BONUS: This edition contains an excerpt from Lisa See's Shanghai Girls .
“I finally understand what the poets have written. In spring, moved to passion; in autumn only regret.”
For young Peony, betrothed to a suitor she has never met, these lyrics from The Peony Pavilion mirror her own longings. In the garden of the Chen Family Villa, amid the scent of ginger, green tea, and jasmine, a small theatrical troupe is performing scenes from this epic opera, a live spectacle few females have ever seen. Like the heroine in the drama, Peony is the cloistered daughter of a wealthy family, trapped like a good-luck cricket in a bamboo-and-lacquer cage. Though raised to be obedient, Peony has dreams of her own.
Peony’s mother is against her daughter’ s attending the production: “Unmarried girls should not be seen in public.” But Peony’ s father assures his wife that proprieties will be maintained, and that the women will watch the opera from behind a screen. Yet through its cracks, Peony catches sight of an elegant, handsome man with hair as black as a cave–and is immediately overcome with emotion.
So begins Peony’s unforgettable journey of love and destiny, desire and sorrow–as Lisa See’s haunting new novel, based on actual historical events, takes readers back to seventeenth-century China, after the Manchus seize power and the Ming dynasty is crushed.
Steeped in traditions and ritual, this story brings to life another time and place–even the intricate realm of the afterworld, with its protocols, pathways, and stages of existence, a vividly imagined place where one’ s soul is divided into three, ancestors offer guidance, misdeeds are punished, and hungry ghosts wander the earth. Immersed in the richness and magic of the Chinese vision of the afterlife, transcending even death, Peony in Love explores, beautifully, the many manifestations of love. Ultimately, Lisa See’s new novel addresses universal themes: the bonds of friendship, the power of words, and the age-old desire of women to be heard.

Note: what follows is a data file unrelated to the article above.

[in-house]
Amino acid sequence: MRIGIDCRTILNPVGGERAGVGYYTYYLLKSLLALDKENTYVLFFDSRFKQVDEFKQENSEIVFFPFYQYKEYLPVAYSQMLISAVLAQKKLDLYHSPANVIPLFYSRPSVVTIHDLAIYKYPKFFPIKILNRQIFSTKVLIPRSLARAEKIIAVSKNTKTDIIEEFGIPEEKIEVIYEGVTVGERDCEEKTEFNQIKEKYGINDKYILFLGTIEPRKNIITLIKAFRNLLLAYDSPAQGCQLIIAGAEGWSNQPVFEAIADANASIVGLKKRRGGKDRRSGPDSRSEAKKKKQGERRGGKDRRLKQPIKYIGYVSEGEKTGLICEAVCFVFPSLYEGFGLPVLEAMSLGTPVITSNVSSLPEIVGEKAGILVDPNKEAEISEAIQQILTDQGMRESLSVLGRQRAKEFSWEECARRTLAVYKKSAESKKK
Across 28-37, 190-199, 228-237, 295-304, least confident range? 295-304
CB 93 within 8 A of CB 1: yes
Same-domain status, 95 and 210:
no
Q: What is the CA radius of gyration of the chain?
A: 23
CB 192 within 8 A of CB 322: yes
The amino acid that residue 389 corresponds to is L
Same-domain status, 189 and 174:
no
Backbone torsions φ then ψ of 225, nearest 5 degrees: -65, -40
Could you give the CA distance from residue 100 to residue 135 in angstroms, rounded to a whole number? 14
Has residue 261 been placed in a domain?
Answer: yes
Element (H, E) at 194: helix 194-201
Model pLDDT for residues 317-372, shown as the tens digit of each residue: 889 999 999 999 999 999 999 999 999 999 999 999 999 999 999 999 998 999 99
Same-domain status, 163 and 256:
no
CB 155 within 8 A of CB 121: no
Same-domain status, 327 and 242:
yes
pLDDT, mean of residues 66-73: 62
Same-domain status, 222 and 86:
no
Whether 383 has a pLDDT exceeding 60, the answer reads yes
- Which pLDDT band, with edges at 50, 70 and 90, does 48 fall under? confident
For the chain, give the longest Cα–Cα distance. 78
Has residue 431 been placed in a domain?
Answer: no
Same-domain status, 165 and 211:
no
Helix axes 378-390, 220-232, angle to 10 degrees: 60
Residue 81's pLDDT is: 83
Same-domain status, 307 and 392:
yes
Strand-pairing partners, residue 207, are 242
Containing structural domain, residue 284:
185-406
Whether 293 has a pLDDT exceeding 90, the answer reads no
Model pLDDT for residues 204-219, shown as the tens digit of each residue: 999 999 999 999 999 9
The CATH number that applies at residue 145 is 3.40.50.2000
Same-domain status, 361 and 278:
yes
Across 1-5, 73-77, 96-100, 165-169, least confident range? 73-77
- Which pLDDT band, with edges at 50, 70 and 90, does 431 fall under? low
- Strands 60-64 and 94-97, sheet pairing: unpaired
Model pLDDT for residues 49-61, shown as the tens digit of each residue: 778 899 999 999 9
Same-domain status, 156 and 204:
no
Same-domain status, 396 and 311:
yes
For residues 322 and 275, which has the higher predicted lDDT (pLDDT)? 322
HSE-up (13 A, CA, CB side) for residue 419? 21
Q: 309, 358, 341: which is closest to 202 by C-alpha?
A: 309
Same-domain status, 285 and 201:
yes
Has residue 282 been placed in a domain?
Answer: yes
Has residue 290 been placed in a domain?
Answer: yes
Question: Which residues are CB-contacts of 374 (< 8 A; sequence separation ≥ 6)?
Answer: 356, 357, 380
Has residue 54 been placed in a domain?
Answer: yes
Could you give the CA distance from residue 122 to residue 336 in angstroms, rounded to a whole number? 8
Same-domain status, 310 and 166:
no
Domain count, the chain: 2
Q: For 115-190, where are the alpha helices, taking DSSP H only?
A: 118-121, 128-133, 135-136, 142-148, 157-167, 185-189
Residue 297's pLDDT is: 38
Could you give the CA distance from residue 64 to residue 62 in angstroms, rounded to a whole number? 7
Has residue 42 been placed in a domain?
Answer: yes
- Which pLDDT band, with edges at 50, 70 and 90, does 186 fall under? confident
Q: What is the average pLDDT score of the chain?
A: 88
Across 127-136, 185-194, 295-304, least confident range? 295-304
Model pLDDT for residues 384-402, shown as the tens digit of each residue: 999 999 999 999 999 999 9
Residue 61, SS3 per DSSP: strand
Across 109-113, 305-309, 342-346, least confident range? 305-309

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|Title of eBook: Peony in Love|
|Release Date: 06-26-2007|
|Allowed Countries (hover)|
|Publisher: Random House Publishing Group|
This eBook download is available in the following formats:
|Parent title||Peony in Love|
|Devices||Samsung Tablet, Apple Ipad & Iphone, Barnes & Noble Nook, Kobo eReader, Aluratek Libre, Iliad, Nokia, Blackberry, Hanlin|
|Note||ePub, short for electronic publication is one of our favorites and should be yours for a couple of reasons. ePub offers reflowable text giving you flexibility to manipulate how the content is presented. Moreover, lots of cool features are now being developed for the reader like advanced video and audio. ePub is now an industry standard, so all of the "non-propreitary" hardware manufacturers are now supporting it.|
Peony in Love
Excerpt from Chapter 1- Riding the Wind
Two days before my sixteenth birthday, I woke up
so early that my maid was still asleep on the floor at the foot of
my bed. I should have scolded Willow, but I didn’t because I
wanted a few moments alone to savor my excitement. Beginning tonight,
I would attend a production of The Peony Pavilion mounted in our garden.
I loved this opera and had collected eleven of the thirteen printed versions
available. I liked to lie in bed and read of the maiden Liniang and her
dream lover, their adventures, and their ultimate triumph. But for three
nights, culminating on Double Seven–the seventh day of the seventh
month, the day of the lovers’ festival, and my birthday–I would actually
see the opera, which was normally forbidden to girls and women. My father
had invited other families for the festivities. We’d have contests and
banquets. It was going to be amazing.
Willow sat up and rubbed her eyes. When she saw me staring at her,
she scrambled to her feet and offered good wishes. I felt another flutter of
anticipation, so I was particular when Willow bathed me, helped me into
a gown of lavender silk, and brushed my hair. I wanted to look perfect; I
wanted to act perfectly.
A girl on the edge of sixteen knows how pretty she is, and as I looked
in the mirror I burned with the knowledge. My hair was black and silky.
When Willow brushed it, I felt the strokes from the top of my head all the
way down my back. My eyes were shaped like bamboo leaves; my brows
were like gentle brushstrokes limned by a calligrapher. My cheeks glowed
the pale pink of a peony petal